Title

Objective clinical fitness assessment using inertial sensors

RIS ID

77268

Publication Details

S. Ameli, F. Naghdy, D. A. Stirling, G. Naghdy & M. Aghmesheh, "Objective clinical fitness assessment using inertial sensors," Procedia Engineering, vol. 41, pp. 443-449, 2012.

Abstract

Currently a questionnaire-based method known as ECOG, assigning a score according to the patient's response is employed for tracking cancer patient's physical status during chemotherapy. This approach is quite subjective, and prone to error and inaccuracy. Walking test (WT) has been used in the past as an objective physical assessment of patients with cardiopulmonary diseases and to very limited extent has been experimented on oncology patients. In the conventional WT, only the distance travelled by the patient is measured without taking into account the characteristics of the gait and posture that reflects a patient's fitness. Towards developing an objective method to track cancer patient's physical status, inertial sensors are used to measure walk and posture characteristics during a WT. Using a set of 17 sensors, the inertial signals corresponding to position, velocity, acceleration, orientation, angular velocity and angular acceleration are recorded based on a 23 degree of freedom humanoid model. The data streams obtained are subsequently segmented by an intrinsic clustering algorithm known as Minimum Message Length encoding (MML) forming a Gaussian Mixture Model (GMM). Several postural states (exemplar motion primitives) are captured in the resultant model, which is subsequently utilized to derive a holistic index corresponding to the physical ambulatory status of patient. The proposed method is applied to two sets of experimental data both pre- and post-chemotherapy conditions. The simulation scenario for chemotherapy patients and typical gait behavior has been devised in consultation with the collaborating Oncologist. The results are encouraging as they clearly distinguish between different simulated fitness conditions and can potentially assist oncologist to make a decision about continuation or termination of treatment.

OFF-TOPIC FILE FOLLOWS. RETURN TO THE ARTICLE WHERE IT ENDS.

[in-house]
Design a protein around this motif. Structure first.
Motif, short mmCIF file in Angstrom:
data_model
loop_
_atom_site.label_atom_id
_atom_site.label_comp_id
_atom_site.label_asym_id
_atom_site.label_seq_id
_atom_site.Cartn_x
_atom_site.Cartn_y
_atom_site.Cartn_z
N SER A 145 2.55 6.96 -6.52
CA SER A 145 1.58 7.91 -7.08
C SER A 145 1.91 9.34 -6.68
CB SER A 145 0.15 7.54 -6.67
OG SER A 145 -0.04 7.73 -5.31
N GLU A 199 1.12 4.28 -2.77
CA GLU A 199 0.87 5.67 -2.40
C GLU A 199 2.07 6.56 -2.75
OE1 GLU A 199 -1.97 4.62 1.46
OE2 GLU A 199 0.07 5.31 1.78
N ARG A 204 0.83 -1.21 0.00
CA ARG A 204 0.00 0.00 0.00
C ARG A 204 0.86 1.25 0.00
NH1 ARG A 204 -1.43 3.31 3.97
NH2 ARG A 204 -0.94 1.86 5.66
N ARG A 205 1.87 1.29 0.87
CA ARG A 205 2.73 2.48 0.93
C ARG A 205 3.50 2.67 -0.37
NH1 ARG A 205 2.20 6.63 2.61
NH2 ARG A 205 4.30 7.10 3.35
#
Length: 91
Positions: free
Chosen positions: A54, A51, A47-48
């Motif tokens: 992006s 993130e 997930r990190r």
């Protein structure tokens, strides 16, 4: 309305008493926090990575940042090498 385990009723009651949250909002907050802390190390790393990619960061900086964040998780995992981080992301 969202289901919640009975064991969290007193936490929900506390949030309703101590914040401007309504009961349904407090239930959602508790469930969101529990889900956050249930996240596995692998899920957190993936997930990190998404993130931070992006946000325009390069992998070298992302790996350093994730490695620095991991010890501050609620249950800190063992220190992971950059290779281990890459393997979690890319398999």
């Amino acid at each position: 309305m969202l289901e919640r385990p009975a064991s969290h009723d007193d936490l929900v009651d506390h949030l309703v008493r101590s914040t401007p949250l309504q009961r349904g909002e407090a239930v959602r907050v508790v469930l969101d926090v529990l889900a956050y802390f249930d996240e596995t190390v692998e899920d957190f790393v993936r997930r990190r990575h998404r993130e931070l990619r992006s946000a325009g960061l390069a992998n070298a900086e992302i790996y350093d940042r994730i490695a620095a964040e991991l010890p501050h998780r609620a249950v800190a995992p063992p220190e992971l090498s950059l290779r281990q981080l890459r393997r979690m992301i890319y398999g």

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Link to publisher version (DOI)

http://dx.doi.org/10.1016/j.proeng.2012.07.196